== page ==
Ice storm causes power outages and deadly accidents

Wednesday, January 30th 2002, 12:00 am
By: News On 6

A band of freezing rain moving across Oklahoma coated trees and roadways with ice early Wednesday, causing two fatal crashes and several power outages.

A motorist was killed and two others were injured in a crash at the intersection of Interstate 40 and State Highway 81 in El Reno, said an Oklahoma Highway Patrol dispatcher. The three motorists were struck by a truck after getting out of their vehicles because a sport utility vehicle had rolled over on the Interstate, authorities said.

Troopers are withholding further information until they notify the victims' relatives.

In Oklahoma City, a 30-year-old man was killed after being struck by a car traveling on a wet road, authorities said.

Tree limbs coated with ice cracked and fell on power lines in Hydro, Kingfisher and Tonkawa, said state Emergency Management Department spokeswoman Michelann Ooten.

Ooten said the city of Hydro was without water for at least four hours Wednesday morning because its water treatment plant is powered by electricity. She said the department was prepared to bring water to the town if necessary.

Kingfisher and Tonkawa residents also were without power Wednesday morning, she said.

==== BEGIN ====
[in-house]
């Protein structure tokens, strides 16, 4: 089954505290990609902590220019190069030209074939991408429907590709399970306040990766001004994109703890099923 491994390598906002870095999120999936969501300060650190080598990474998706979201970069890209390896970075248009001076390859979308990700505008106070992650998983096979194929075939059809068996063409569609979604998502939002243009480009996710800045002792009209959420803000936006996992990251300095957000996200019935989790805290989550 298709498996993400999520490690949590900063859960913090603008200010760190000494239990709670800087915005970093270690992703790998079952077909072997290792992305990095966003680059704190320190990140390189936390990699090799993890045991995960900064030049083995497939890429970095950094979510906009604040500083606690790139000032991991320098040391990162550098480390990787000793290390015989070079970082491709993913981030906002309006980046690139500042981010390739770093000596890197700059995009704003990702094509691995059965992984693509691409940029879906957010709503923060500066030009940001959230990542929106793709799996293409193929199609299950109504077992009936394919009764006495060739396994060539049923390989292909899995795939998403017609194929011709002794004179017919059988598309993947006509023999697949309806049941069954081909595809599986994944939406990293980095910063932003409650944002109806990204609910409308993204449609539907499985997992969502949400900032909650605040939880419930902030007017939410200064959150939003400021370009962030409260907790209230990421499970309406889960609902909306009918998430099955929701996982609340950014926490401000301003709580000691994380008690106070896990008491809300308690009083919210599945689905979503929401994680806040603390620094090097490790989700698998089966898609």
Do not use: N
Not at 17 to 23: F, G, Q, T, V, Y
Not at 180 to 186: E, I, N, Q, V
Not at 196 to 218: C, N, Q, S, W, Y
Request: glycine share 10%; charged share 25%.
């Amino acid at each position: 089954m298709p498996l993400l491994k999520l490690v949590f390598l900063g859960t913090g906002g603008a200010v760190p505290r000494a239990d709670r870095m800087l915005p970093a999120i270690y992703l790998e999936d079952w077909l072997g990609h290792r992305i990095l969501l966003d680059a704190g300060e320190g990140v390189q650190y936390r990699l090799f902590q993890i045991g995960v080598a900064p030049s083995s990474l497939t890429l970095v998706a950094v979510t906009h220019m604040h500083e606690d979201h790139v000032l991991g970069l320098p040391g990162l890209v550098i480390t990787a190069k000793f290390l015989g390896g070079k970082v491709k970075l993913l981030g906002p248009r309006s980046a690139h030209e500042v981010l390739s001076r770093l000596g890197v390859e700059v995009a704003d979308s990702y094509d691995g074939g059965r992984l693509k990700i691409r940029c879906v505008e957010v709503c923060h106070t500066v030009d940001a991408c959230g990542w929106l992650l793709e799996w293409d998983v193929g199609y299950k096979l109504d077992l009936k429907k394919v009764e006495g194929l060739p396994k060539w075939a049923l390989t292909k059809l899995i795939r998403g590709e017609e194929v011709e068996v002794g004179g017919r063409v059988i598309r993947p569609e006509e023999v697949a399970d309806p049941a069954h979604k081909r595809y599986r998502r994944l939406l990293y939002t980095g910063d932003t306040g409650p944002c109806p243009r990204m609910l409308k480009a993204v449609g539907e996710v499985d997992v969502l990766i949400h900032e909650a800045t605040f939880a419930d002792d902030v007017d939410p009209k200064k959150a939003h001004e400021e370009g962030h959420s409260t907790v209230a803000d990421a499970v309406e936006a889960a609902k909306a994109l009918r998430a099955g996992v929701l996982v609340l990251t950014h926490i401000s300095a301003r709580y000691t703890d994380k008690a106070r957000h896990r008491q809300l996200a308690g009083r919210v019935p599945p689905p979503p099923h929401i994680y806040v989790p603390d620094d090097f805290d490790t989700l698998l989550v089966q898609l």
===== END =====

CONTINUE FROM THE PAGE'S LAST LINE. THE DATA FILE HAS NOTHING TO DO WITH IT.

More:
Many schools throughout the state were closed Wednesday.

Roads were slick and hazardous in much of the Panhandle, said a dispatcher with the Oklahoma Highway Patrol in Guymon.

``People are starting to have some problems, but we haven't had anything drastic yet,'' said the dispatcher, who would not give her name.

Oklahoma City street maintenance crews planned to report at midnight Tuesday to begin spreading salt on city streets. Since the last significant storm, the maintenance department acquired 15 salt spreaders as well as six new trucks and four refurbished snow plows.

The National Weather Service issued a winter storm warning for the Panhandle and a winter storm watch for a section of northwestern Oklahoma. By early Wednesday, the freezing line was from Stillwater to Oklahoma City to Chickasha, meteorologist Dave Floyd said.

``All the precipitation northwest of there is falling as freezing rain, anything south is falling as normal rain,'' he said.

``Kind of the saving grace right now is that the ground is still pretty warm. The main roadways are still OK, but the bridges and overpasses are icing up.''

Trees and power lines were beginning to ice over. South of the freezing line, rainfall in the range of two- to three-tenths of an inch had fallen in some areas.

Cold air was to continue moving slowly south into Oklahoma overnight, with temperatures in the mid-20s across northern sections and lower 30s in central areas. Meanwhile, a storm system moving in from the southwestern United States will have an increasing influence across Oklahoma through Wednesday night.

Floyd said he expects precipitation to fall on and off Wednesday, with rain in southern Oklahoma and freezing rain in the northwestern half of the state.

The Oklahoma Department of Agriculture lifted the burn ban for all counties except Texas County because of the rainfall. Cimarron County was the only one to remain under a ``red flag fire alert'' early Wednesday.